>> Know their expectations of you - Make sure you know specifically what they want from you. You must prioritize what they want into a "More of / less of" list. (Start with just asking them the More of / less of question. Ask them to prioritize their expectations. Ask them to quantify their expected outputs. Update it quarterly. If you have difficulty meeting them, send them a note listing what you believe their expectations are, and ask them to comment on it.).
>> Profile what it takes (what others have done) to become one of their key "advisors" – track the success and failure that others have had in getting their confidence so that they will turn to you when they need some "honest" advice. Begin the process by learning what it takes to build their respect and to gain their confidence. (Identify people that they currently "seek out" for advice. Ask them what they did to gain the CEO’s confidence. Also ask their admin.)
B. Be "the" center for excellence:
The goal here is to have your department known as the "place to go" to find new ideas, best practices and developing talent. Even if you are an obscure department, you can impress your CEO by being the department that everyone looks to and copies because of your combination of innovation and world class results. The steps to take to become a center of excellence include:
>> Be the "Talent Launching Pad" for the company. Be the place where the best employees start and develop. Think of business as being similar to professional sports. Everyone is impressed with the coach that can recruit and develop top talent. Some ways to impress them with your talent building ability include:
>> Hire the best and brightest -- Be the place where the best rookies start and develop. Be a great recruiter and you will get everyone’s attention but in addition, the top rookies will make it possible for you to be able to do better quality work.
>> Be "the" talent provider -- Keep them as long as you can and then "give them" to other departments.
>> Be the Development "farm team" -- Take raw talent and develop it faster and to a higher level than others. Have the best skill development systems and make sure every individual has a learning plan.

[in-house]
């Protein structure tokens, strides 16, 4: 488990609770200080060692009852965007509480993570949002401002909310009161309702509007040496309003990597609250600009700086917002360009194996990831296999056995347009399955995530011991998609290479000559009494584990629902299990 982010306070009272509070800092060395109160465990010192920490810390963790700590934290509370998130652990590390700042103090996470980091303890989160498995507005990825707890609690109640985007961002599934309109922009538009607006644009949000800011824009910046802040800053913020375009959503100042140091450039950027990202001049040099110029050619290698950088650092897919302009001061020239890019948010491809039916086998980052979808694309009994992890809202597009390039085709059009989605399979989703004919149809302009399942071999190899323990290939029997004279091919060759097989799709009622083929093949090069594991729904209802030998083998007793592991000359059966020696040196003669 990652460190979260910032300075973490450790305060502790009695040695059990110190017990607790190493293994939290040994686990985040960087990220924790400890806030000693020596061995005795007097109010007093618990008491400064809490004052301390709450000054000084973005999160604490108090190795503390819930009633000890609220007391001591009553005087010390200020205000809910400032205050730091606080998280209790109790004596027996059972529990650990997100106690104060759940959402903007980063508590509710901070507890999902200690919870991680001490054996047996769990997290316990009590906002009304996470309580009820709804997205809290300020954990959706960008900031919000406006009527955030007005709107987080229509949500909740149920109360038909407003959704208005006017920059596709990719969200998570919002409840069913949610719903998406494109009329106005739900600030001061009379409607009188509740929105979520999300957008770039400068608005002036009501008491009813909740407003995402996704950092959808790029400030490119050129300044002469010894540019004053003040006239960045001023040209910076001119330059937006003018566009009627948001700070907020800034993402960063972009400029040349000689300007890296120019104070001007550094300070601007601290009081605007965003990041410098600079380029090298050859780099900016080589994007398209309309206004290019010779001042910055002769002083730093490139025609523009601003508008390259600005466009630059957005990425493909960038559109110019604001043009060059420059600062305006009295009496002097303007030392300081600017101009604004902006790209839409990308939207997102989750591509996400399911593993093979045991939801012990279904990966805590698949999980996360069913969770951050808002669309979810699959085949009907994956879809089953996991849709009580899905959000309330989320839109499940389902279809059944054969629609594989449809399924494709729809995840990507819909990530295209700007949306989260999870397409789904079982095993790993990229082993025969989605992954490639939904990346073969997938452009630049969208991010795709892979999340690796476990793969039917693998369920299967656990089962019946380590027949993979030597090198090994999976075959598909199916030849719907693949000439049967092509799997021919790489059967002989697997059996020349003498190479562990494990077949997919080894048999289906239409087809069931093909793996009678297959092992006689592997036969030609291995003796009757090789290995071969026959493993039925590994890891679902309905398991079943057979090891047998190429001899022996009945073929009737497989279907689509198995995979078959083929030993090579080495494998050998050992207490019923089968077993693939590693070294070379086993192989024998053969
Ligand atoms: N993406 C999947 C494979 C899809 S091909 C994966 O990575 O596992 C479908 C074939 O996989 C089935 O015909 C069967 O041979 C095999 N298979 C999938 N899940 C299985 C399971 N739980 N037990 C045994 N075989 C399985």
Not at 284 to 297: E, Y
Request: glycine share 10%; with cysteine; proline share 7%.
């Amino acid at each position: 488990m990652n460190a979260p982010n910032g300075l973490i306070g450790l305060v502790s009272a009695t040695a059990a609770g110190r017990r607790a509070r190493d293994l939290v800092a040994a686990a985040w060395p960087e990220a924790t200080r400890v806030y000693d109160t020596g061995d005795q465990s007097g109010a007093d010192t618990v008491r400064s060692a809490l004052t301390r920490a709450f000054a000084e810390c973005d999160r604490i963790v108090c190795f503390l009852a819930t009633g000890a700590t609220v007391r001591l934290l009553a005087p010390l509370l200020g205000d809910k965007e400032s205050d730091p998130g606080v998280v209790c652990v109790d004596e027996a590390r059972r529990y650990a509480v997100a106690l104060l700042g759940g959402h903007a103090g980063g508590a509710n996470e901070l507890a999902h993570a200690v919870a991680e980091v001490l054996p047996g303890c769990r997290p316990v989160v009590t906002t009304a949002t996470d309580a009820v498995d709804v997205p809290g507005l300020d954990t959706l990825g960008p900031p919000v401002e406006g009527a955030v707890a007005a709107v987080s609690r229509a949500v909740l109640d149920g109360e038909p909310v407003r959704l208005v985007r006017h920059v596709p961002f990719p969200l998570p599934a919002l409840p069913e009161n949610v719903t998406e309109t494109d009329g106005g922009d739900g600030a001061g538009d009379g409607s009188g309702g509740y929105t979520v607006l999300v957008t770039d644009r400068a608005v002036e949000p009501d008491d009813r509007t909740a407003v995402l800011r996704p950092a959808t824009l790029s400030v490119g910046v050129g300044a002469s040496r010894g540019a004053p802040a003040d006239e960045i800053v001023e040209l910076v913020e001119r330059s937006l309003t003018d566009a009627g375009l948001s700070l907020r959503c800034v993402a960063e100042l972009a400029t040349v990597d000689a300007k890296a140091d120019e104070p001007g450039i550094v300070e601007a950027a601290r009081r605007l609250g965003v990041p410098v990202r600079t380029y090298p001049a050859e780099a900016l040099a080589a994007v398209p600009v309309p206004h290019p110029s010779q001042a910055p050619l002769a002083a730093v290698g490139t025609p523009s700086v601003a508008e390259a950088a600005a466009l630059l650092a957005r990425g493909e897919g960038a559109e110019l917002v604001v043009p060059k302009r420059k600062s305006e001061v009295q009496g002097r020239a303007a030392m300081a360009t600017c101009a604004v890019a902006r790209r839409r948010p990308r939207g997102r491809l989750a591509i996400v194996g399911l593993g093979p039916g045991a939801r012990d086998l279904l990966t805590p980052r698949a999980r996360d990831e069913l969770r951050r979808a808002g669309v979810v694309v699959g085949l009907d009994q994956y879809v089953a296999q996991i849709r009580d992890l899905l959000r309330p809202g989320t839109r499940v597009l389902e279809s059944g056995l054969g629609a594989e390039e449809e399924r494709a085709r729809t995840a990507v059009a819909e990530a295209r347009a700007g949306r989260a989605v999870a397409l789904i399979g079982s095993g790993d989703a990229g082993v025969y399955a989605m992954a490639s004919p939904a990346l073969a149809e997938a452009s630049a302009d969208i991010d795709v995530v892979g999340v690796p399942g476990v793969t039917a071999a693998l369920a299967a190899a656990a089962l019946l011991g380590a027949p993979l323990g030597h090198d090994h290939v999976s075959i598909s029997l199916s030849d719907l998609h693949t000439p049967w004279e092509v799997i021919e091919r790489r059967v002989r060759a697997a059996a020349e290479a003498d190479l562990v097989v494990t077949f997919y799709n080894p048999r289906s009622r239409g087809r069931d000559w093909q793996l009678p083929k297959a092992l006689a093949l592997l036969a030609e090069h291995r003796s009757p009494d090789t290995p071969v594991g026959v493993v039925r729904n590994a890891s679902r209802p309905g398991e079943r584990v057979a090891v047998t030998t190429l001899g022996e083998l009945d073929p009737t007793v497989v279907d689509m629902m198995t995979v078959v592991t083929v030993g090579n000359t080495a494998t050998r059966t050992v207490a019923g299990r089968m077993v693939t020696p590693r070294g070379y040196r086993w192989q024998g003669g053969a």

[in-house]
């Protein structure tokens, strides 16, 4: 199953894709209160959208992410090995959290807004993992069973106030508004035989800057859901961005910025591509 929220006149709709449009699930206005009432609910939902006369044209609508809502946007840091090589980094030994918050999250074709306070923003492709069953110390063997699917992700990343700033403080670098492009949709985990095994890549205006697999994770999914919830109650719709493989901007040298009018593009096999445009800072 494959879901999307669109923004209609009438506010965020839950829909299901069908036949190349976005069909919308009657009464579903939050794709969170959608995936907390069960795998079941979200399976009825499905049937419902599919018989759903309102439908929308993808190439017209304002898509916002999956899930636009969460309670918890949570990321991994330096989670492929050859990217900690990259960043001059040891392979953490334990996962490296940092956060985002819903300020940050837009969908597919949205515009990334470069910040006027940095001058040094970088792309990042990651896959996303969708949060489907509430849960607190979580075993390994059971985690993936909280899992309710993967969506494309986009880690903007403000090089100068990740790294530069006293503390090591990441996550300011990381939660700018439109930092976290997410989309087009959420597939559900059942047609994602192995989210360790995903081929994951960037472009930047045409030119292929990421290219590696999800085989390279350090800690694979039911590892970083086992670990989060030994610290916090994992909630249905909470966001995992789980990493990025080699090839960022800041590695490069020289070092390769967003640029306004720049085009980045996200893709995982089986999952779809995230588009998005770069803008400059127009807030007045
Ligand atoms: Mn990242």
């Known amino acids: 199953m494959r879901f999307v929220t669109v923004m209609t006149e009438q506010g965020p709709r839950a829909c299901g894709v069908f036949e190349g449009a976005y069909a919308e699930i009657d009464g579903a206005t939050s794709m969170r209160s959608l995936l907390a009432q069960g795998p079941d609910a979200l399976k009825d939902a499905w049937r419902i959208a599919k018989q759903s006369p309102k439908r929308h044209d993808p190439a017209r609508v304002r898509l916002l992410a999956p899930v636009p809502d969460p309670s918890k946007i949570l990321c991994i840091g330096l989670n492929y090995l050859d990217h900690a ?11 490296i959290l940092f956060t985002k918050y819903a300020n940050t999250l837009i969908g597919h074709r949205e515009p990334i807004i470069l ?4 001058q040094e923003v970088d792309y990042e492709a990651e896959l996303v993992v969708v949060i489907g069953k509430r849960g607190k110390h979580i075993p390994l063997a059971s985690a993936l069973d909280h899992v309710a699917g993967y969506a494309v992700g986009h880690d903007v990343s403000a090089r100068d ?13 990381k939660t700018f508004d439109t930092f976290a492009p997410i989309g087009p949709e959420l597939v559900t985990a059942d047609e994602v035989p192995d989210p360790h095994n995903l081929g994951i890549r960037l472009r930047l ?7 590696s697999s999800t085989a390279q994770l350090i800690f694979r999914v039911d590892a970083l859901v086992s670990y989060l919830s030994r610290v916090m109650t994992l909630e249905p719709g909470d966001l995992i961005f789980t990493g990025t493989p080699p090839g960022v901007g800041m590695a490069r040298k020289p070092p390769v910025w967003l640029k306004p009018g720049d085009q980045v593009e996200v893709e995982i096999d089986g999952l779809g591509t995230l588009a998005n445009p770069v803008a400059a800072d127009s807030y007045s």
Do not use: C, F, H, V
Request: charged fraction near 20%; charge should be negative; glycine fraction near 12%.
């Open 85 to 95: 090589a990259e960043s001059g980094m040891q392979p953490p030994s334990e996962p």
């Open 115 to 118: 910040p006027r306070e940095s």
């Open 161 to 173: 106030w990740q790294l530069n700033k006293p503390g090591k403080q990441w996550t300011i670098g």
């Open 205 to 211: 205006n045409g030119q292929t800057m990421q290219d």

The goal is to make everyone believe that you "must" pass through your department on the way to the top. In addition, be aware that you can’t be a talent "hoarder" because you need to release your talent to "C" level offices and departments if you want others to spread the word (through viral marketing) of how good you are at recognizing and developing talent.
>> Become "the Idea Place"- Become the "Skunk Works" for new ideas and innovations. Become the "test pad" for refining new management processes and answers. Be the place others come to benchmark against for management processes and systems. The goal is to make the CEO believe that whenever any outstanding idea or innovation is implemented, that the original source of the innovation was your department
>> Be the "Information Source" -- Be the benchmark master. Know what information the CEO wants but can’t get (or doesn’t have time to get). Focus on how key competitors do things and summarize your learning’s for all, so that in the future everyone will naturally come to you with their "How do the best do it" questions. Be proactive and send the CEO relevant information and "answers" before they ask for them. Identify how the very best managers learn and use that information to become the "answer guy".
>> Anticipate --Develop forecasts and do "if-then" scenarios in order to anticipate future management problems, and then develop management systems in advance of the need. Whenever a new problem arises that is a surprise to most, step forward with a pre-prepared plan before others have time to react
>> Know the customer –CEO’s as a rule are "in love" with their customers because they realize that without customers there would be no profit. As a result, it’s important to become close to the customer and be the "Voice of the Customer" inside the organization. Use your in-depth knowledge of their needs to generate ideas for sales, customer service and produce development.
>> Give the CEO short term "Heads-up" warnings -- CEO’s are very busy and they hate to be blindsided. By covering their blindside and giving them early warnings or alert’s about things that are about to occur, they will learn to respect you and to consider you their "smoke detector". Identify others in the organization that seem to be "the first to know" and find out how they do it. Put together an early warning network and use it to build your reputation as the "future thinker".
>> Know technology – Quite often CEO’s are "technologically challenged". Become an expert in the latest technologies and provide them with informal tutoring so that they can appear to be "up" on the latest technology trends.